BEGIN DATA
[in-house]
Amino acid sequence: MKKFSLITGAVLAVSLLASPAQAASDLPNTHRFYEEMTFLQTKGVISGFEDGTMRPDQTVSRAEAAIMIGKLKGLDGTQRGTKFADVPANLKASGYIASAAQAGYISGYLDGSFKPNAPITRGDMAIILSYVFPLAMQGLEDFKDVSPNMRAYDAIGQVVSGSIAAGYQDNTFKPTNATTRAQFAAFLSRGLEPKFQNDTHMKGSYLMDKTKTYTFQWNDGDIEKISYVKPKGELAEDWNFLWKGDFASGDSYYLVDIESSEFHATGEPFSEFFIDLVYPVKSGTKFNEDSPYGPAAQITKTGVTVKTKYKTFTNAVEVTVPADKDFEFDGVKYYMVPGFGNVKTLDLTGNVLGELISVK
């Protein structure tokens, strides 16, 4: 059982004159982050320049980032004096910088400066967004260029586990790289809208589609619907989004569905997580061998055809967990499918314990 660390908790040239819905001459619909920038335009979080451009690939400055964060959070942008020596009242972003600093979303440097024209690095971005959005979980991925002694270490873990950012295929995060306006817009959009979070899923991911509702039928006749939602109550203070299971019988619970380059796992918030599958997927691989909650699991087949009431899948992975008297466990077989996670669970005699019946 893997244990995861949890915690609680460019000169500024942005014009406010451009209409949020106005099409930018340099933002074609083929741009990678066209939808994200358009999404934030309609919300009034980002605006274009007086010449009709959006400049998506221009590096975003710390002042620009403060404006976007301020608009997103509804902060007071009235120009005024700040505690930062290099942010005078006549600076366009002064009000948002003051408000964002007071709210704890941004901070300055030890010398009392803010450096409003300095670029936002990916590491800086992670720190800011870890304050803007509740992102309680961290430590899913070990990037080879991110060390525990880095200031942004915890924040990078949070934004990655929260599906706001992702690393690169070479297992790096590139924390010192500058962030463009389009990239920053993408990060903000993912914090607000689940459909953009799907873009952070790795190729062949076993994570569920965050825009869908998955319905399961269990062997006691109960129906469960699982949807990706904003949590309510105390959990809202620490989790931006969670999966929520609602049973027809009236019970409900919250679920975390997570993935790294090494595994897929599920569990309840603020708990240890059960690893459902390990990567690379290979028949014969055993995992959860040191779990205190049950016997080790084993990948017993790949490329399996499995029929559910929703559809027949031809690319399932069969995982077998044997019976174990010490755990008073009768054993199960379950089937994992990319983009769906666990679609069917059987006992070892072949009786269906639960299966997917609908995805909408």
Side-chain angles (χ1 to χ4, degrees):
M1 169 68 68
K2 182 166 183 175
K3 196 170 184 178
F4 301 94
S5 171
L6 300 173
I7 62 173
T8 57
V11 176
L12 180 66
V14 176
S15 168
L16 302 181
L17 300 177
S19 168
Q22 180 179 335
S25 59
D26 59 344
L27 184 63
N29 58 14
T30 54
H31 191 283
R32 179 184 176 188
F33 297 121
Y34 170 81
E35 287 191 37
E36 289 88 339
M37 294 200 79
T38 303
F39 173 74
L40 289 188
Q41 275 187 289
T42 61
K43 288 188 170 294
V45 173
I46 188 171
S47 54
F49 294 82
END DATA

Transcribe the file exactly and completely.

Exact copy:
[in-house]
Amino acid sequence: MKKFSLITGAVLAVSLLASPAQAASDLPNTHRFYEEMTFLQTKGVISGFEDGTMRPDQTVSRAEAAIMIGKLKGLDGTQRGTKFADVPANLKASGYIASAAQAGYISGYLDGSFKPNAPITRGDMAIILSYVFPLAMQGLEDFKDVSPNMRAYDAIGQVVSGSIAAGYQDNTFKPTNATTRAQFAAFLSRGLEPKFQNDTHMKGSYLMDKTKTYTFQWNDGDIEKISYVKPKGELAEDWNFLWKGDFASGDSYYLVDIESSEFHATGEPFSEFFIDLVYPVKSGTKFNEDSPYGPAAQITKTGVTVKTKYKTFTNAVEVTVPADKDFEFDGVKYYMVPGFGNVKTLDLTGNVLGELISVK
């Protein structure tokens, strides 16, 4: 059982004159982050320049980032004096910088400066967004260029586990790289809208589609619907989004569905997580061998055809967990499918314990 660390908790040239819905001459619909920038335009979080451009690939400055964060959070942008020596009242972003600093979303440097024209690095971005959005979980991925002694270490873990950012295929995060306006817009959009979070899923991911509702039928006749939602109550203070299971019988619970380059796992918030599958997927691989909650699991087949009431899948992975008297466990077989996670669970005699019946 893997244990995861949890915690609680460019000169500024942005014009406010451009209409949020106005099409930018340099933002074609083929741009990678066209939808994200358009999404934030309609919300009034980002605006274009007086010449009709959006400049998506221009590096975003710390002042620009403060404006976007301020608009997103509804902060007071009235120009005024700040505690930062290099942010005078006549600076366009002064009000948002003051408000964002007071709210704890941004901070300055030890010398009392803010450096409003300095670029936002990916590491800086992670720190800011870890304050803007509740992102309680961290430590899913070990990037080879991110060390525990880095200031942004915890924040990078949070934004990655929260599906706001992702690393690169070479297992790096590139924390010192500058962030463009389009990239920053993408990060903000993912914090607000689940459909953009799907873009952070790795190729062949076993994570569920965050825009869908998955319905399961269990062997006691109960129906469960699982949807990706904003949590309510105390959990809202620490989790931006969670999966929520609602049973027809009236019970409900919250679920975390997570993935790294090494595994897929599920569990309840603020708990240890059960690893459902390990990567690379290979028949014969055993995992959860040191779990205190049950016997080790084993990948017993790949490329399996499995029929559910929703559809027949031809690319399932069969995982077998044997019976174990010490755990008073009768054993199960379950089937994992990319983009769906666990679609069917059987006992070892072949009786269906639960299966997917609908995805909408």
Side-chain angles (χ1 to χ4, degrees):
M1 169 68 68
K2 182 166 183 175
K3 196 170 184 178
F4 301 94
S5 171
L6 300 173
I7 62 173
T8 57
V11 176
L12 180 66
V14 176
S15 168
L16 302 181
L17 300 177
S19 168
Q22 180 179 335
S25 59
D26 59 344
L27 184 63
N29 58 14
T30 54
H31 191 283
R32 179 184 176 188
F33 297 121
Y34 170 81
E35 287 191 37
E36 289 88 339
M37 294 200 79
T38 303
F39 173 74
L40 289 188
Q41 275 187 289
T42 61
K43 288 188 170 294
V45 173
I46 188 171
S47 54
F49 294 82